Sunday, October 15, 2017

`And Now It Is Nowhere'

Without quite knowing it, a friend has resolved to drink himself to death. Such decisions are never made lightly, but they can be made unknowingly. Our minds contain compartments lined with semi-permeable membrane and equipped with a switch. Flip it and the membrane turns rigid like bone. In my friend’s case, cause and effect have become detached, and between them is a wall of unknowing. In his posthumously published “A Letter to a Friend,” Sir Thomas Browne writes:

 “Not to be content with Life is the unsatisfactory state of those which destroy themselves; who being afraid to live, run blindly upon their own Death, which no Man fears by Experience: and the Stoicks had a notable Doctrine to take away the fear thereof; that is, In such Extremities to desire that which is not to be avoided, and wish what might be feared; and so made Evils voluntary, and to suit with their own Desires, which took off the terror of them.”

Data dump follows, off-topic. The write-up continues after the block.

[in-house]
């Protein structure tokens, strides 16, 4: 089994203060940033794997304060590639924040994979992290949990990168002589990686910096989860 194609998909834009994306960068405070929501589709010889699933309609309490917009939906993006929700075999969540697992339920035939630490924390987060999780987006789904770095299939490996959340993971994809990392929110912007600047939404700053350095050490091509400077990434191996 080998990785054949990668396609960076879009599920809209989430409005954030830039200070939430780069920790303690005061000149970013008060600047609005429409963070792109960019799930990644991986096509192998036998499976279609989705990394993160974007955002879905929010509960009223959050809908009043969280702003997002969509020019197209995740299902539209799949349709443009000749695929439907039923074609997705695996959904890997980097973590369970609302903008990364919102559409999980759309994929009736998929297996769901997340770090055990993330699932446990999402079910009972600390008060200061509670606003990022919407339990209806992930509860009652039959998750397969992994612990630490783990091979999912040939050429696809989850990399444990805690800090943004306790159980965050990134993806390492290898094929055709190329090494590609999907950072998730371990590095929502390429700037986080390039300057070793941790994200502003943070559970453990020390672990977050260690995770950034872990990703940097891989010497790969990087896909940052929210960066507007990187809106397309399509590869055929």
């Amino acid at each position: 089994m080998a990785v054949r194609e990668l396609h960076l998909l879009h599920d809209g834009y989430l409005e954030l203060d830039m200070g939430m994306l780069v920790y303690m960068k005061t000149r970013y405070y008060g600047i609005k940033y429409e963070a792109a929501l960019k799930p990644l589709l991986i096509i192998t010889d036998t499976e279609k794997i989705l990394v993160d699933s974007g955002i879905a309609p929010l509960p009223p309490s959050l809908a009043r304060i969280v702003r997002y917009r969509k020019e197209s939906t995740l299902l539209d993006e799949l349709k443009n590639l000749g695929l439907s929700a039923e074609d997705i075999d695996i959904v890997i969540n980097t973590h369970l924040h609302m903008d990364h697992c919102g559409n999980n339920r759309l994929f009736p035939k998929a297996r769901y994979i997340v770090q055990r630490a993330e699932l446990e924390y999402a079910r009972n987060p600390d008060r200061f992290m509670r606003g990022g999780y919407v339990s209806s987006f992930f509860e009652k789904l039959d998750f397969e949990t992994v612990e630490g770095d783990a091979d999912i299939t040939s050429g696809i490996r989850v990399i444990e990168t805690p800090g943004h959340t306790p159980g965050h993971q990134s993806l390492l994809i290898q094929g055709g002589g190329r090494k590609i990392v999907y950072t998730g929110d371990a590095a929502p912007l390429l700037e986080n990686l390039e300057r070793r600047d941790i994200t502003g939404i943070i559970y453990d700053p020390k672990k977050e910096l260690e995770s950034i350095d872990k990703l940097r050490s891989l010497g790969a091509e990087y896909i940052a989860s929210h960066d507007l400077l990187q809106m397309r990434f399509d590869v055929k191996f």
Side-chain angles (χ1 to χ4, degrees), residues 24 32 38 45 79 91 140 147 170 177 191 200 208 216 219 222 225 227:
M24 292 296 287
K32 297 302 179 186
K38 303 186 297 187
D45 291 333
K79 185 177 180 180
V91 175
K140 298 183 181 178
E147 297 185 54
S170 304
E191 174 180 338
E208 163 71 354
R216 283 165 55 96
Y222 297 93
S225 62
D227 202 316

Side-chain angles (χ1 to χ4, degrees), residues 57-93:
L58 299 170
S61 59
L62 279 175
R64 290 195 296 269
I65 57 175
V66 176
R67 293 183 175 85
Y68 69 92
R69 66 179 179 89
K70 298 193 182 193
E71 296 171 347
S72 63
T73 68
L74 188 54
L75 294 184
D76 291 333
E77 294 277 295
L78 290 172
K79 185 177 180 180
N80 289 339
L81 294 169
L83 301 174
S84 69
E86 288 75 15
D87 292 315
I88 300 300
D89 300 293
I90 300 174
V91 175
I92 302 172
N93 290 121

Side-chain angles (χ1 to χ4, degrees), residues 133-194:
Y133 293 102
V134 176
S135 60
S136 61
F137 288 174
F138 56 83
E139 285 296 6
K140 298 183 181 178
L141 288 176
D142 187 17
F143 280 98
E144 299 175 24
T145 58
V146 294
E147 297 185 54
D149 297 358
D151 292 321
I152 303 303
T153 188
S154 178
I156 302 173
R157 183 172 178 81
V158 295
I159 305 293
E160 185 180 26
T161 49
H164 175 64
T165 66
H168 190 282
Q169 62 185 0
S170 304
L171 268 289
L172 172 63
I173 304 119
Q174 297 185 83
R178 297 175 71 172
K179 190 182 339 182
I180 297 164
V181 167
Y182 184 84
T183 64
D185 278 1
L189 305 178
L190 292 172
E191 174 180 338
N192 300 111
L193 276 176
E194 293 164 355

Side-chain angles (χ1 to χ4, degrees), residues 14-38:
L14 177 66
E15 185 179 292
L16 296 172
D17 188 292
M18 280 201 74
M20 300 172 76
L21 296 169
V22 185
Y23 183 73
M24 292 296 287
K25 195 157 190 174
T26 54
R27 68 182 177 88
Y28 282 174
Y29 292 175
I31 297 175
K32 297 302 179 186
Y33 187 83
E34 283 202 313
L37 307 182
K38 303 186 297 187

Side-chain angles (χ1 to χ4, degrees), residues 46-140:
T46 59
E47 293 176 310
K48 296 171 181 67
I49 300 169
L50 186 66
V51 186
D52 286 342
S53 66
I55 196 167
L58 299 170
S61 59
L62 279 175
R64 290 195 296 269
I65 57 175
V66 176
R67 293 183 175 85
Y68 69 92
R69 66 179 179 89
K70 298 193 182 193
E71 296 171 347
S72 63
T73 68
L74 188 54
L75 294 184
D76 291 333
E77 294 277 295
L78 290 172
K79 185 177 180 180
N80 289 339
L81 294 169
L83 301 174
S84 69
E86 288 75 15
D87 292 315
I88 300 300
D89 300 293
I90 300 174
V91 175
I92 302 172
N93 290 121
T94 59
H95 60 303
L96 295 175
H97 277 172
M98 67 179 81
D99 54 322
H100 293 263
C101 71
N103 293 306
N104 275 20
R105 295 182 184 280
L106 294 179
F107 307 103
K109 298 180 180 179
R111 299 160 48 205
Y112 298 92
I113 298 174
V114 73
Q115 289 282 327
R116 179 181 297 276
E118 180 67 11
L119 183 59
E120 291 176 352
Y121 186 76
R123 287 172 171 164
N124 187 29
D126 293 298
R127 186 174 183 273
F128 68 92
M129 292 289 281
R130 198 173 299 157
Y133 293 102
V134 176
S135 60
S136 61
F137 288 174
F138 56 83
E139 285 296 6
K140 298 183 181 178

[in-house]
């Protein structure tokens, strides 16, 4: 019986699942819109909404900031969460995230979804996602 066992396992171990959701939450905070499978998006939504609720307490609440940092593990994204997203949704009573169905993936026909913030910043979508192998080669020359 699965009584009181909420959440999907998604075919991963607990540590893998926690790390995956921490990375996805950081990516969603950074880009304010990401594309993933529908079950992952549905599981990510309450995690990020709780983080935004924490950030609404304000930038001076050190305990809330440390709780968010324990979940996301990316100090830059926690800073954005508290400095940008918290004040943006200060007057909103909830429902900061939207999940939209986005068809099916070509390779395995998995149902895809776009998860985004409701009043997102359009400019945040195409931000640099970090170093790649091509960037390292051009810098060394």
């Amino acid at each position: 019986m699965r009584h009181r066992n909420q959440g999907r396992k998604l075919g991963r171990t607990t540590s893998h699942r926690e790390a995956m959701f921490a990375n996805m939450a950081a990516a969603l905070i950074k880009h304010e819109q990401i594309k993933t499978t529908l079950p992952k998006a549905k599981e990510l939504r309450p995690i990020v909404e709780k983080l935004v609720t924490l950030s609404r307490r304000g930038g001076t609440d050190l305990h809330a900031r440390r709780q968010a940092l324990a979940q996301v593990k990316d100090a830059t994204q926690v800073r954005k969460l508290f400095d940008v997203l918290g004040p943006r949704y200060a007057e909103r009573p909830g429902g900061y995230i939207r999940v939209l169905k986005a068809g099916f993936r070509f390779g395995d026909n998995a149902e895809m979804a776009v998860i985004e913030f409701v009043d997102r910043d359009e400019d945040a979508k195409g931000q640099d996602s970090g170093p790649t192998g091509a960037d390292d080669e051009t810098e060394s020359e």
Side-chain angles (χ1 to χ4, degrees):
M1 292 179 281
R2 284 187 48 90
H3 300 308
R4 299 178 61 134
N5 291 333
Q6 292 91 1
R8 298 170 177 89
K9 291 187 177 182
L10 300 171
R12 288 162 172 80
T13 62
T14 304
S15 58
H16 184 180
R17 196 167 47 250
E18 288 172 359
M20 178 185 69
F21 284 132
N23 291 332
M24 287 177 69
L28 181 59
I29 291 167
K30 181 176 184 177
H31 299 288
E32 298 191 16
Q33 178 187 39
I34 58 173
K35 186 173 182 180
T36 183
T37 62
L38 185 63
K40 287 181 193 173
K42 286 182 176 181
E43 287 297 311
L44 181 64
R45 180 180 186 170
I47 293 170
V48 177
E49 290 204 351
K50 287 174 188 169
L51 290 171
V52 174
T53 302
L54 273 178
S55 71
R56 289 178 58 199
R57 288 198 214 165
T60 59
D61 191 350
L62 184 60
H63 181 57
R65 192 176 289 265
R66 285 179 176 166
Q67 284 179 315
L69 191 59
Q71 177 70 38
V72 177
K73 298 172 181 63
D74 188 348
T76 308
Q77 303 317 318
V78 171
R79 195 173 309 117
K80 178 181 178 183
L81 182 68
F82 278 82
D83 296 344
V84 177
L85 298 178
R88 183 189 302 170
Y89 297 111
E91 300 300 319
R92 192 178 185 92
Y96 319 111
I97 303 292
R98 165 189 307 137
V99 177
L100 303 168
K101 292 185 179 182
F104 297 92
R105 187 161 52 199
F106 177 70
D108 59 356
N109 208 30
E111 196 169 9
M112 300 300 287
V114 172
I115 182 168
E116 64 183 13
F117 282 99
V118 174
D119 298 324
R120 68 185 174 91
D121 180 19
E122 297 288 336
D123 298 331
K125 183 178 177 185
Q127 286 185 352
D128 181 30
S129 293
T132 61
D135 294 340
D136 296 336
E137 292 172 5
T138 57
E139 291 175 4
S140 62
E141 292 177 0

The post hoc fallacy is tempting. It makes life easier by not looking at it too closely. Life loses meaning and death is always happy to fill the vacuum. Death is the great seducer. Some would say the great and charming deceiver. Stevie Smith was ambivalent in the matter. In “Why do I . . .” (All the Poems of Stevie Smith, 2015) she writes:

“Why do I think of Death as a friend?
It is because he is a scatterer
He scatters the human frame
The nerviness and the great pain
Throws it on the fresh fresh air
And now it is nowhere
Only Sweet Death does this
Sweet Death, Kind Death,
Of all the gods you are best.”

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